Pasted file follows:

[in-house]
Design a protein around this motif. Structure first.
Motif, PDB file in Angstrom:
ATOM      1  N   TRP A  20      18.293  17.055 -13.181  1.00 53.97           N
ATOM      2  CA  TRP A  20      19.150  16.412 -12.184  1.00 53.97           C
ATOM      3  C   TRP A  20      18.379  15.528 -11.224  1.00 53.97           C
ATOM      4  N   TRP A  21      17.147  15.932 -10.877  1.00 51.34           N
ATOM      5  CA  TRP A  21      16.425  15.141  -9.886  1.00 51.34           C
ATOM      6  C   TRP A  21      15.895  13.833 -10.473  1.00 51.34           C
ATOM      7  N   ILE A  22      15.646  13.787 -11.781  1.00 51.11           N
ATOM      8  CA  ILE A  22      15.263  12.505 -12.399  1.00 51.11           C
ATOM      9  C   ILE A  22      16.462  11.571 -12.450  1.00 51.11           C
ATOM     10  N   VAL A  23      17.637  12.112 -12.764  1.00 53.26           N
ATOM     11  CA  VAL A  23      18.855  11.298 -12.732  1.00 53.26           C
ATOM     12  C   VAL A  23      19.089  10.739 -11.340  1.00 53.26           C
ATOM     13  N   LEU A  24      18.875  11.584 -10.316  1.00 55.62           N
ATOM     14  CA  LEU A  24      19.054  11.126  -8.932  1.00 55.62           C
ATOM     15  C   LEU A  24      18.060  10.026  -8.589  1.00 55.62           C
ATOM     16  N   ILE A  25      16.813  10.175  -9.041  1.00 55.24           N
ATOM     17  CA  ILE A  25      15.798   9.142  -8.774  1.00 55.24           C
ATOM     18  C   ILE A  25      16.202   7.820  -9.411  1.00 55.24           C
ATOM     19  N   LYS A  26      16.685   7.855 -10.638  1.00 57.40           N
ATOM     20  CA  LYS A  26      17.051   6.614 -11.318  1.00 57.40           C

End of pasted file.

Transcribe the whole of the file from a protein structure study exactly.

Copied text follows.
[in-house]
Design a protein around this motif. Structure first.
Motif, PDB file in Angstrom:
ATOM      1  N   TRP A  20      18.293  17.055 -13.181  1.00 53.97           N
ATOM      2  CA  TRP A  20      19.150  16.412 -12.184  1.00 53.97           C
ATOM      3  C   TRP A  20      18.379  15.528 -11.224  1.00 53.97           C
ATOM      4  N   TRP A  21      17.147  15.932 -10.877  1.00 51.34           N
ATOM      5  CA  TRP A  21      16.425  15.141  -9.886  1.00 51.34           C
ATOM      6  C   TRP A  21      15.895  13.833 -10.473  1.00 51.34           C
ATOM      7  N   ILE A  22      15.646  13.787 -11.781  1.00 51.11           N
ATOM      8  CA  ILE A  22      15.263  12.505 -12.399  1.00 51.11           C
ATOM      9  C   ILE A  22      16.462  11.571 -12.450  1.00 51.11           C
ATOM     10  N   VAL A  23      17.637  12.112 -12.764  1.00 53.26           N
ATOM     11  CA  VAL A  23      18.855  11.298 -12.732  1.00 53.26           C
ATOM     12  C   VAL A  23      19.089  10.739 -11.340  1.00 53.26           C
ATOM     13  N   LEU A  24      18.875  11.584 -10.316  1.00 55.62           N
ATOM     14  CA  LEU A  24      19.054  11.126  -8.932  1.00 55.62           C
ATOM     15  C   LEU A  24      18.060  10.026  -8.589  1.00 55.62           C
ATOM     16  N   ILE A  25      16.813  10.175  -9.041  1.00 55.24           N
ATOM     17  CA  ILE A  25      15.798   9.142  -8.774  1.00 55.24           C
ATOM     18  C   ILE A  25      16.202   7.820  -9.411  1.00 55.24           C
ATOM     19  N   LYS A  26      16.685   7.855 -10.638  1.00 57.40           N
ATOM     20  CA  LYS A  26      17.051   6.614 -11.318  1.00 57.40           C